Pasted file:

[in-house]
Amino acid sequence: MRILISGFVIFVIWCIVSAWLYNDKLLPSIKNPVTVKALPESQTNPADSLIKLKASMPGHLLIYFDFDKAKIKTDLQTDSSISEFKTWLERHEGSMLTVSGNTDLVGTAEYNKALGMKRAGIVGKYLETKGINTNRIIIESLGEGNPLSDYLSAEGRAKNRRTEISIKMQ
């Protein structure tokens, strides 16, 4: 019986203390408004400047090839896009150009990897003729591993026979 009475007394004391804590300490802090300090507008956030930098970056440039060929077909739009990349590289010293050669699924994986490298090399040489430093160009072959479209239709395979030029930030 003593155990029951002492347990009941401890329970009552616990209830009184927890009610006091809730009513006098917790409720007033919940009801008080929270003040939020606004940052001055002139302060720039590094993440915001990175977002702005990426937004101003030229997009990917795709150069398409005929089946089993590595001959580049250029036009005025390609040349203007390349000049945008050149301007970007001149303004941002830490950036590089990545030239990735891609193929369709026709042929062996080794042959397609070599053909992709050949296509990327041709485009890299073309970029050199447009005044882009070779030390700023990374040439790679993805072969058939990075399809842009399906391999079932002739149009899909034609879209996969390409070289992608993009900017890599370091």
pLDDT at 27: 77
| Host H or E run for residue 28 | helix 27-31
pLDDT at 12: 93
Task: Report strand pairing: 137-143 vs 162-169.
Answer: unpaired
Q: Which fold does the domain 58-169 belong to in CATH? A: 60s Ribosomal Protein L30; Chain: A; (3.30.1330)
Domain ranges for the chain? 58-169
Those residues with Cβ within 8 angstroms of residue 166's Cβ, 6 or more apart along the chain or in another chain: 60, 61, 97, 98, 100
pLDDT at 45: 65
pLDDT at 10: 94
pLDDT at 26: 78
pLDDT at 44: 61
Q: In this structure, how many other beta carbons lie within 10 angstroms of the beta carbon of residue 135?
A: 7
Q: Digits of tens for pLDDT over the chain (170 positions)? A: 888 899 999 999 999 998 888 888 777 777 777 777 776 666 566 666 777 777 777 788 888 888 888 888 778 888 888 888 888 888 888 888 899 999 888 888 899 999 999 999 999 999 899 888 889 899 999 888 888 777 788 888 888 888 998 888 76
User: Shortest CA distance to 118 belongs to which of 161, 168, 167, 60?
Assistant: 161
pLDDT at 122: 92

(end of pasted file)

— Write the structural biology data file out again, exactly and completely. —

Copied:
[in-house]
Amino acid sequence: MRILISGFVIFVIWCIVSAWLYNDKLLPSIKNPVTVKALPESQTNPADSLIKLKASMPGHLLIYFDFDKAKIKTDLQTDSSISEFKTWLERHEGSMLTVSGNTDLVGTAEYNKALGMKRAGIVGKYLETKGINTNRIIIESLGEGNPLSDYLSAEGRAKNRRTEISIKMQ
């Protein structure tokens, strides 16, 4: 019986203390408004400047090839896009150009990897003729591993026979 009475007394004391804590300490802090300090507008956030930098970056440039060929077909739009990349590289010293050669699924994986490298090399040489430093160009072959479209239709395979030029930030 003593155990029951002492347990009941401890329970009552616990209830009184927890009610006091809730009513006098917790409720007033919940009801008080929270003040939020606004940052001055002139302060720039590094993440915001990175977002702005990426937004101003030229997009990917795709150069398409005929089946089993590595001959580049250029036009005025390609040349203007390349000049945008050149301007970007001149303004941002830490950036590089990545030239990735891609193929369709026709042929062996080794042959397609070599053909992709050949296509990327041709485009890299073309970029050199447009005044882009070779030390700023990374040439790679993805072969058939990075399809842009399906391999079932002739149009899909034609879209996969390409070289992608993009900017890599370091």
pLDDT at 27: 77
| Host H or E run for residue 28 | helix 27-31
pLDDT at 12: 93
Task: Report strand pairing: 137-143 vs 162-169.
Answer: unpaired
Q: Which fold does the domain 58-169 belong to in CATH? A: 60s Ribosomal Protein L30; Chain: A; (3.30.1330)
Domain ranges for the chain? 58-169
Those residues with Cβ within 8 angstroms of residue 166's Cβ, 6 or more apart along the chain or in another chain: 60, 61, 97, 98, 100
pLDDT at 45: 65
pLDDT at 10: 94
pLDDT at 26: 78
pLDDT at 44: 61
Q: In this structure, how many other beta carbons lie within 10 angstroms of the beta carbon of residue 135?
A: 7
Q: Digits of tens for pLDDT over the chain (170 positions)? A: 888 899 999 999 999 998 888 888 777 777 777 777 776 666 566 666 777 777 777 788 888 888 888 888 778 888 888 888 888 888 888 888 899 999 888 888 899 999 999 999 999 999 899 888 889 899 999 888 888 777 788 888 888 888 998 888 76
User: Shortest CA distance to 118 belongs to which of 161, 168, 167, 60?
Assistant: 161
pLDDT at 122: 92